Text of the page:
Conclusions

We argue that public programs, strategies, and incentives to implement climate adaptation are more effective if they are tailored to the local diversity in exposures, sensitivities and adaptation opportunities faced by ranchers and land managers. Thus, perhaps the most important result of the workshop was a reinforcement of the notion that “one size does not fit all.” Accommodating variety in resource development and outreach must consider multiple factors: variation in the ranching community, instability in the environment beyond climate, and what variables are chosen in the types of analyses we performed for R3.

For full-time ranchers, attending a workshop conducted in collaboration by climate, beef, crop, range, and economic CES educators and scientists might be the best way to learn about options for adaptation. For those ranchers who must maintain a second job, asynchronous communication channels may be the only accessible ways to learn. There remain differences in rural internet access and capacity that will make web-based tools more useful in some locations than in others. Because time is limited, the methods used to help ranchers adapt to climate change must be designed so that even small investments in time can lead to real improvements in resilience. When developing the messaging of these outputs, remembering that sustaining rancher livelihoods provides a universal avenue to reaching diverse audiences.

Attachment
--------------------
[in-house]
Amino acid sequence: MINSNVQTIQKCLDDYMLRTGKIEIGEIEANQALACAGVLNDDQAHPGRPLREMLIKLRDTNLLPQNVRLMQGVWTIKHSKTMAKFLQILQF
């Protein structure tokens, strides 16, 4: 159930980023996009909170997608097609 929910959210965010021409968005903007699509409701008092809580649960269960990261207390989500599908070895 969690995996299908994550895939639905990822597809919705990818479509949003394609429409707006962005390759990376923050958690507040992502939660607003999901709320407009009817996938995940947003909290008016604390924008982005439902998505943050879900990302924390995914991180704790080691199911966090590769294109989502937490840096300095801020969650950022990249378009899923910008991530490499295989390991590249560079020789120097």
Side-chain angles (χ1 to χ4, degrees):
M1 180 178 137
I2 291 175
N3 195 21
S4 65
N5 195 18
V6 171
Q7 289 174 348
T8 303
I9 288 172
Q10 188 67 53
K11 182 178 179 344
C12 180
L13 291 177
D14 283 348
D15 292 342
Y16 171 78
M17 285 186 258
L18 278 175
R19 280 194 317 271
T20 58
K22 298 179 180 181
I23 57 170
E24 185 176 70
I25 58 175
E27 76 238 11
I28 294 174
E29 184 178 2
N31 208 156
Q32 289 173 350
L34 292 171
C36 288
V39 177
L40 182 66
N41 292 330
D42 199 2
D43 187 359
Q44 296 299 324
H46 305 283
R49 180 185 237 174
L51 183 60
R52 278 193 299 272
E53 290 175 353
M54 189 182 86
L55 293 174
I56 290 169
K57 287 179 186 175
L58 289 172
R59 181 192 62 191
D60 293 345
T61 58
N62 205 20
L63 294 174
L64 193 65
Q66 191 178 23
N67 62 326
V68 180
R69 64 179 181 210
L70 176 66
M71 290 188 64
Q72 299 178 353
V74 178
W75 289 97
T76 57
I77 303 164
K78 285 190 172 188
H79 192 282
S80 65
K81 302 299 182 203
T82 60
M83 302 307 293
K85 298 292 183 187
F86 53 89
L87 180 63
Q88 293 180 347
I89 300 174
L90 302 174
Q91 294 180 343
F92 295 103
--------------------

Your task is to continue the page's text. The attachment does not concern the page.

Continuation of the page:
Although forage availability is a critical factor in climate change adaptation for ranchers, it is far from the only consideration. This emerging workshop idea reinforces the initial project guiding principle that both social and natural components determine effective adaptive strategies.6 Adaptation must include tracking and responding not only to a changing climate, but also to changes in markets, rangeland plant communities, and the human communities in which ranchers reside.

Lastly, ranchers and their rangeland advisors will have key insight to the variables, geographic scales, and timeframes to include in climate assessments that would produce actionable results. Involving these folks early and throughout the research development and execution is vital. However, researchers must remain transparent to the uncertainty of their models and invest in other methods to complement gaps in model shortcomings.